By: Andy Oram
A lot of health-related data has released recently — some datasets of note include what health providers charge for services and Medicare prescribing data (1:34 into the keynote video). Application developers as well as health care reformers, payers, and patient advocates benefit from such open data. Untold terabytes more is pawed over secretly by insurers, large providers, and marketing firms. So have we achieved data nirvana? Not quite.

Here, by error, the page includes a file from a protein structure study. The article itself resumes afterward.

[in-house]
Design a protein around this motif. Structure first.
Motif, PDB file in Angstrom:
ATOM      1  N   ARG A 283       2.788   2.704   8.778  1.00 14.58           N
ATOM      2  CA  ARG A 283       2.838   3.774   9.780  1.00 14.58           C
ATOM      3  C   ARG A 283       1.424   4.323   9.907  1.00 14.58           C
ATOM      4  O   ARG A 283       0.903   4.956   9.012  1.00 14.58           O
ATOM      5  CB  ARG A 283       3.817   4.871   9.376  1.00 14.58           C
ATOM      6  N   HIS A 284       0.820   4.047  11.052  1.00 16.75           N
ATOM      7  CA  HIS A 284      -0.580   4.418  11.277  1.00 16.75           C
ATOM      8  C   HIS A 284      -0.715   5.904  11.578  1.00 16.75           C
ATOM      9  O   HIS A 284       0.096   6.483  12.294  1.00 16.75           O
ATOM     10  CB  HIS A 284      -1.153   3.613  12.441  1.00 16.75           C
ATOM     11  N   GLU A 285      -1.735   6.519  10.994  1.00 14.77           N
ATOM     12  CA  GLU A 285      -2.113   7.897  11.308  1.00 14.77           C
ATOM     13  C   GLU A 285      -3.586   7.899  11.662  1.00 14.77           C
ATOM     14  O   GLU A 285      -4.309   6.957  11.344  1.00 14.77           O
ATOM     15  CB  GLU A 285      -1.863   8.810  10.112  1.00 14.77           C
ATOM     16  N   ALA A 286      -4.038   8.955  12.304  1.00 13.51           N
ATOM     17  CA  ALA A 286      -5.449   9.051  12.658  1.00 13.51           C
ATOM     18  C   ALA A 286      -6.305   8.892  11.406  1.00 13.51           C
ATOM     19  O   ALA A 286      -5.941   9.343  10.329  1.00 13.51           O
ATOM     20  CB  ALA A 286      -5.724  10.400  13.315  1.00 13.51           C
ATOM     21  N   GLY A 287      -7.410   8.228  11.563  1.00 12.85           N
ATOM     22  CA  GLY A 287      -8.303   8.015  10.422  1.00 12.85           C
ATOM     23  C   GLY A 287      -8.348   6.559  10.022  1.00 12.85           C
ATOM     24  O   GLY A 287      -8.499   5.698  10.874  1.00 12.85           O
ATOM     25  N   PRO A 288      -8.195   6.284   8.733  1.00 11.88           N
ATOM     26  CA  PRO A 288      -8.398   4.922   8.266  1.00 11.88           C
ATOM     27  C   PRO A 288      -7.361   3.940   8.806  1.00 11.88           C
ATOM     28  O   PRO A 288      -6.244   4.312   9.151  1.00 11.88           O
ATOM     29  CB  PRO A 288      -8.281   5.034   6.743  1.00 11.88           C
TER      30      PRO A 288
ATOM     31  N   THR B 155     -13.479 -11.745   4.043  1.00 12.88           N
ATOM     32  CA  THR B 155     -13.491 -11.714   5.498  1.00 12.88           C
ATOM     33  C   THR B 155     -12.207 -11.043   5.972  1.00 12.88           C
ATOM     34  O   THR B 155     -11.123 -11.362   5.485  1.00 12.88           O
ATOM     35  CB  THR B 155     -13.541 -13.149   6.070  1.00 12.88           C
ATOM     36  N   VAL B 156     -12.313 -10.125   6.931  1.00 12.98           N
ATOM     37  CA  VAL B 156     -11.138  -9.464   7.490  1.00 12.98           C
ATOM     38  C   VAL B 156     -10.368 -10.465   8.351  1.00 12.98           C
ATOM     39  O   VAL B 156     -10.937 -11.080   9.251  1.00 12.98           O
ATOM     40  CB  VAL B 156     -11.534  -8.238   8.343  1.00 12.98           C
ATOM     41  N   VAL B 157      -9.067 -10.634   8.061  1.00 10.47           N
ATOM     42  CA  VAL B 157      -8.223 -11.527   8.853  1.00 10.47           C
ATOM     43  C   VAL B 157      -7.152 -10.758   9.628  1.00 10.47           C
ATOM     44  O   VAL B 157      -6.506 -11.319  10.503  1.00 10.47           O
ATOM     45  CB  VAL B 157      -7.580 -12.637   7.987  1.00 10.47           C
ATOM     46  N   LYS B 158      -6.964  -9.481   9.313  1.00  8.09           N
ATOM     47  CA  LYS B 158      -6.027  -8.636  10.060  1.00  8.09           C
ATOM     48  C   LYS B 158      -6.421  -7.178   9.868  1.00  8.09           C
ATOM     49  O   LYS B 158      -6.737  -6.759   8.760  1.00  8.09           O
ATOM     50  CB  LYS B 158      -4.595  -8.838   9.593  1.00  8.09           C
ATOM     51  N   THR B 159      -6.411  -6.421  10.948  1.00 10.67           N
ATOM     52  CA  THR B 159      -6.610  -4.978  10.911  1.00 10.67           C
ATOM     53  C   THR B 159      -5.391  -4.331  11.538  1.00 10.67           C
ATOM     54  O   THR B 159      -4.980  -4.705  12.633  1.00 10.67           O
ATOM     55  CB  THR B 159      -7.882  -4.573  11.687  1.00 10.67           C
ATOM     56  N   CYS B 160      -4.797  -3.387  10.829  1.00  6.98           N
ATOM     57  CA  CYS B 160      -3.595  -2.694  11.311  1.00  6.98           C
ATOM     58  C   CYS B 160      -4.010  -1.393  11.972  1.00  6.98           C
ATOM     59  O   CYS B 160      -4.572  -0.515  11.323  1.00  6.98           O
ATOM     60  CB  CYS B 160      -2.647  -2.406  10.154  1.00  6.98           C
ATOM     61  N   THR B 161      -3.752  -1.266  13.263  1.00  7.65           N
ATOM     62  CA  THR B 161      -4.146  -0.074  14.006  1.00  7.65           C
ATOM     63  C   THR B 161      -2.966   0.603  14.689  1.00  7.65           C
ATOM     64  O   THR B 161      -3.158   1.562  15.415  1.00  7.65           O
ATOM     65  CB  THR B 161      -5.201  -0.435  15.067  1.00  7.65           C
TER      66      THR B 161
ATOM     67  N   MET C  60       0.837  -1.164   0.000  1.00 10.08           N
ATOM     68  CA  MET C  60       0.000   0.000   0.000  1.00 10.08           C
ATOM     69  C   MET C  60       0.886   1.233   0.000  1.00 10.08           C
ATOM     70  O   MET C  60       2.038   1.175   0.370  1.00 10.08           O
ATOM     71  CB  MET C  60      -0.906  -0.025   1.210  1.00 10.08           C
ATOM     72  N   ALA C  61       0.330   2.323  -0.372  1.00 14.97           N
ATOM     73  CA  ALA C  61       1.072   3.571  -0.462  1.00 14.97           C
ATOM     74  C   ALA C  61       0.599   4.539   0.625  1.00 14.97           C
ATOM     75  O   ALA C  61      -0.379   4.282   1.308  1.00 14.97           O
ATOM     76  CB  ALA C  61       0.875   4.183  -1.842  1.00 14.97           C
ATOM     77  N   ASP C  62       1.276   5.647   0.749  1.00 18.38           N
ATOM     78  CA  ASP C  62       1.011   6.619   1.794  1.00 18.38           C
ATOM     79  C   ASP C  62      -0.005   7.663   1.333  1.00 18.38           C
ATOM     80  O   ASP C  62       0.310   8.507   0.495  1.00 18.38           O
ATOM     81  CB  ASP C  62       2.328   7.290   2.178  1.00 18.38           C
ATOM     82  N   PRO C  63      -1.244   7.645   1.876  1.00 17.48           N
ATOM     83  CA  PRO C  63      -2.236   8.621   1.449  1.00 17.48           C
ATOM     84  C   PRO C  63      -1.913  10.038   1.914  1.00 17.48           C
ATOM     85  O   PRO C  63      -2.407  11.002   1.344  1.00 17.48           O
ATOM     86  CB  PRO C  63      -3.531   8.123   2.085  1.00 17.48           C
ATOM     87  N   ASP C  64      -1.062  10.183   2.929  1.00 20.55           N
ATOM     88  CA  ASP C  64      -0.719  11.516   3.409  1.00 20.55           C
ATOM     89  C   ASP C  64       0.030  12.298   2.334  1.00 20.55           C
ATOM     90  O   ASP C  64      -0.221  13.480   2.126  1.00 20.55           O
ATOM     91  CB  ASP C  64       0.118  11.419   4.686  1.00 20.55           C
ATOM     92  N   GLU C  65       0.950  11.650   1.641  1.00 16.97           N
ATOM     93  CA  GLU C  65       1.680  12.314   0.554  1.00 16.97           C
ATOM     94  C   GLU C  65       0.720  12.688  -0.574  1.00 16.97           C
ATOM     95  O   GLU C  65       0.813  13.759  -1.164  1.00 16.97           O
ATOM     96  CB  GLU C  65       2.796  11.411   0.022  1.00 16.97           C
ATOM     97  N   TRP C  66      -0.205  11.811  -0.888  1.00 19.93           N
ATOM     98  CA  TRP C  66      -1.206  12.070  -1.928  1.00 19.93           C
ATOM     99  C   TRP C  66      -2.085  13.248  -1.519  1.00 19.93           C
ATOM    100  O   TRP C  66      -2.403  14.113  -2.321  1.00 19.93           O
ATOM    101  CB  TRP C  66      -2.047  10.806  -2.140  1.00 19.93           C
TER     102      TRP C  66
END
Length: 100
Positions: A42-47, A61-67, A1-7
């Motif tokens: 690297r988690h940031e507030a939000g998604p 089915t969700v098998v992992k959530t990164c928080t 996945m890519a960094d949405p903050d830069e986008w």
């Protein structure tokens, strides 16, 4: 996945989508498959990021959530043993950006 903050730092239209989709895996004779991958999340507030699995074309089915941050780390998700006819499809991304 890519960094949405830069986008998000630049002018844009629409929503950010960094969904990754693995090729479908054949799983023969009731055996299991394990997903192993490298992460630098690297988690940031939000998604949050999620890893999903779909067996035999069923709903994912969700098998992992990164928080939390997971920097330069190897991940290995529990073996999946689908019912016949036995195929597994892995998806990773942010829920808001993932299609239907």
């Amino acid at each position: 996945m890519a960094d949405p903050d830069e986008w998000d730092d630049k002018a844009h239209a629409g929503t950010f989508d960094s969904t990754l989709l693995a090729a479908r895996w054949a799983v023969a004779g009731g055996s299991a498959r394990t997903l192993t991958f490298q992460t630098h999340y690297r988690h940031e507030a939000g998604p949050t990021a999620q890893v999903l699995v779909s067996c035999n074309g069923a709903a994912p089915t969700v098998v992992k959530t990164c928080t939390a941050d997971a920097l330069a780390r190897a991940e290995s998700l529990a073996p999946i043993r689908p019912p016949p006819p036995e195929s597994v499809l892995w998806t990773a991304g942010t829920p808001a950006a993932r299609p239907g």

Dive in with me, as I survey the field of health care data.
Can we improve health care even using bad data? Certainly. After all, we have determined the age of the universe pretty closely with only a few vibrations from unimaginably large distances for evidence. Few choices are as idiosyncratic as how people vote, but Nate Silver combined rough data from many polls and accurately called the 2012 presidential election in every state. Modern statistical tools can do wonders for health care too, even with imperfect (to say the least) data.